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Dreaming of Figs

July 28th, 2011

Two years ago I ordered a ‘Hardy Chicago’ Fig from Richter’s Herbs. I’ve read that I could grow it in my garden on a Southern slop with winter protection, but I’m not about to risk losing the plant. I have it planted in a large pot and it gets lugged down to the basement during the long cold winters in my zone 5 garden. This summer it has finally taken off, it’s HUGE. Now that it’s so large I’m going to take a cutting and I’ll try planting that in a protected spot next summer to see if it overwinters successfully.

A week or two ago I was watering my fig tree when I noticed a tiny fig. It’s quite exciting when a plant fruits for the first time in your garden. I’ll be keeping my eye on this little fig waiting and watching for it to ripen (hopefully that won’t happen while I’m on vacation).

Last summer I acquired another fig, a ‘Brunswick’ that I purchased at Monticello. Eliot Coleman talks about overwintering figs in cold climates in his book Four-Season Harvest: Organic Vegetables from Your Home Garden All Year Long. That’s where I first got the idea and decided to give it a try. It’s actually not very difficult because I simply put the pots by my seed starting area and move them outside again in late February.

Do you have any exotic fruits or vegetables that you try growing in your garden?

25 Comments to “Dreaming of Figs”
  1. KimH on July 28, 2011 at 5:11 am

    No, but I’d love to have that fig.. I grew up where they were huge bushes and spent the first 16 years of my life eating them right off the tree.. heavenly delight. Nothing you can buy even comes remotely close since they dont travel well and they tend to pick them a little green.. The flavor they develop on the tree never comes thru..

    The closest thing I have that isnt supposed to do well here is a rosemary I have in a pot. I just leave the pots outside in the weather all winter under a tree in my little woodland garden and its been coming thru for at least 6 years. I had several rosemary in the ground that would survive a couple years but none lived longer than 3 years.. Not sure why that potted one is.. but Im sure glad. :D

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  2. Lisa@ The Cutting Edge of Ordinary on July 28, 2011 at 6:42 am

    I’ve had my fig 2 years now and I’m still waiting on fruit! Lucky you!

    Reply to Lisa@ The Cutting Edge of Ordinary's comment

  3. kristin @ going country on July 28, 2011 at 6:49 am

    We had a fig tree for a few years–one year we actually got about seven figs from it. Then this year we decided to plant it in a sheltered spot in the garden because we were tired of hauling it up and down the cellar steps for the winter. Ours was supposed to be hardy enough for here too. Maybe it is, but we’ll never know. It didn’t survive the transplant.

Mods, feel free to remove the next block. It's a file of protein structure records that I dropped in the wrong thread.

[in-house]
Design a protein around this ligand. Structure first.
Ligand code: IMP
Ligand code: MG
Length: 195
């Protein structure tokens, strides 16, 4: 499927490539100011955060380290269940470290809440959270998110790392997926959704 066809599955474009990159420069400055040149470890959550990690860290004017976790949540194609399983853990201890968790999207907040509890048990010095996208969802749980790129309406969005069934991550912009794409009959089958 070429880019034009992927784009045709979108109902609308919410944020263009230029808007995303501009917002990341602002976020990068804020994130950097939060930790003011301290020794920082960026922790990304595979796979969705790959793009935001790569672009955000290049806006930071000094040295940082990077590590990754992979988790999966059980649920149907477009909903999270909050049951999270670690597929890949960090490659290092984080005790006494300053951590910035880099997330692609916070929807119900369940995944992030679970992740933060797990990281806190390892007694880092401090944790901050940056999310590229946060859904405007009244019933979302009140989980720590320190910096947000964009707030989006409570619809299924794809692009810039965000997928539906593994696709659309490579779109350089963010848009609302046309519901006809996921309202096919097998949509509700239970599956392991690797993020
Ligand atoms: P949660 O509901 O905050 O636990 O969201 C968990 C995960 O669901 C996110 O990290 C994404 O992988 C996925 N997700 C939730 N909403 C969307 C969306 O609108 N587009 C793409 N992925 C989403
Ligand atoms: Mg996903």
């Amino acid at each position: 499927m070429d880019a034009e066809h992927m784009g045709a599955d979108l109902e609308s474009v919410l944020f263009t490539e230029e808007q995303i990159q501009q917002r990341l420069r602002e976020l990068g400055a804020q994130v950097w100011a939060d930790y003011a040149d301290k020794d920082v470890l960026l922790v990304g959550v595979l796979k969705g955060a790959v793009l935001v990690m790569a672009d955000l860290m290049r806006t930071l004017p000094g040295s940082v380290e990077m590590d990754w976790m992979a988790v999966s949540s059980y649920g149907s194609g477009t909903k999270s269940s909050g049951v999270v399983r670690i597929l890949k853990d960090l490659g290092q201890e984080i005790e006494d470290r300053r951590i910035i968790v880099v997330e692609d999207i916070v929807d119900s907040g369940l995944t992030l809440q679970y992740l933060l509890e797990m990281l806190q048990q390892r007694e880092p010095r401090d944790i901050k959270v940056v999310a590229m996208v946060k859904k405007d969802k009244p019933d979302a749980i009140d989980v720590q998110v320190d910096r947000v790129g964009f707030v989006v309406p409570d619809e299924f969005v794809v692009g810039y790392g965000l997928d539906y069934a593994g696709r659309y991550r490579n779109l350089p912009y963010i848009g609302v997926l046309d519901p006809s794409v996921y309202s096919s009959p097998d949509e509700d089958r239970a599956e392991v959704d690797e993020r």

The MiL bought the fig for me, because I love them, but I think MY next tree that will have to be stored inside for the winter is going to be a citrus tree of some kind, like a Meyer lemon. I love citrus even more than figs.

    Reply to kristin @ going country's comment

  4. iris on July 28, 2011 at 7:05 am

    Oh man, fig season can’t come soon enough!

    Reply to iris's comment

  5. Sue Nugent on July 28, 2011 at 7:10 am

    I love fig preserves. My Mom’s family in South Louisiana grow them and occasionally I will request them to bring me a few. A couple of years ago,they brought me a gallon bag full.Wow!They were superb.I may try growing myself a tree since you have gotten me to thinking of them once more.

    Reply to Sue Nugent's comment

  6. Gabe on July 28, 2011 at 8:36 am

    Sounds good, I look forward to the updates! Several years ago, when I was still a newbie, I tried one of those dwarf lemons. It lived for maybe six months. My parents have a Meyer lemon that has survived for a couple years, and they got several fruits on it last year, so eventually, I’d like to try again!

    Reply to Gabe's comment

  7. Jeff on July 28, 2011 at 9:06 am

    I don’t think there is anything as majestic as a mature fig tree. They are absolutely beautiful and believe it or not, they do well in the desert if cared for properly!

    Reply to Jeff's comment

  8. Allison on July 28, 2011 at 9:36 am

    Nope, not unless you cout the Quince trees in the orchard….which aren’t really exotic, just less common! My mom has a fig tree she hauls inside each year and it is HUGE.

    I agree with Kristin; I’d like to try a Myer Lemon Tree!!

    Reply to Allison's comment

  9. Lisa on July 28, 2011 at 10:53 am

    I have that herbal plant in our backyard. My mother call it as “tuba-tuba”. By the way, I’m from the Philippines. My mother used it as a medicine when we have gas problem in our tummy.

    Reply to Lisa's comment

  10. Alyssa on July 28, 2011 at 11:17 am

    I have a little orange tree I received for Christmas two years ago. I bring it outside once the temperature warms up and it loves it! In the fall when I bring it in the entire tree bursts with the most beautiful smelling blossoms. I think this year I might try replanting into a larger pot in hopes it can keep growing. I never expect oranges but the green leaves all year long cheer me up during our long (Long!) rainy season.

    Reply to Alyssa's comment

  11. Lee on July 28, 2011 at 11:33 am

    Does chirimoya count as exotic? I’ve noticed here in the U.S. it’s called cherimoya. I planted the seed a while ago and it started to fruit in no time.
    Unfortunately there are no natural pollinators here so you have to do it yourself with a brush, otherwise you get very few chirimoyas.

    Reply to Lee's comment

  12. Sarah Jane on July 28, 2011 at 11:40 am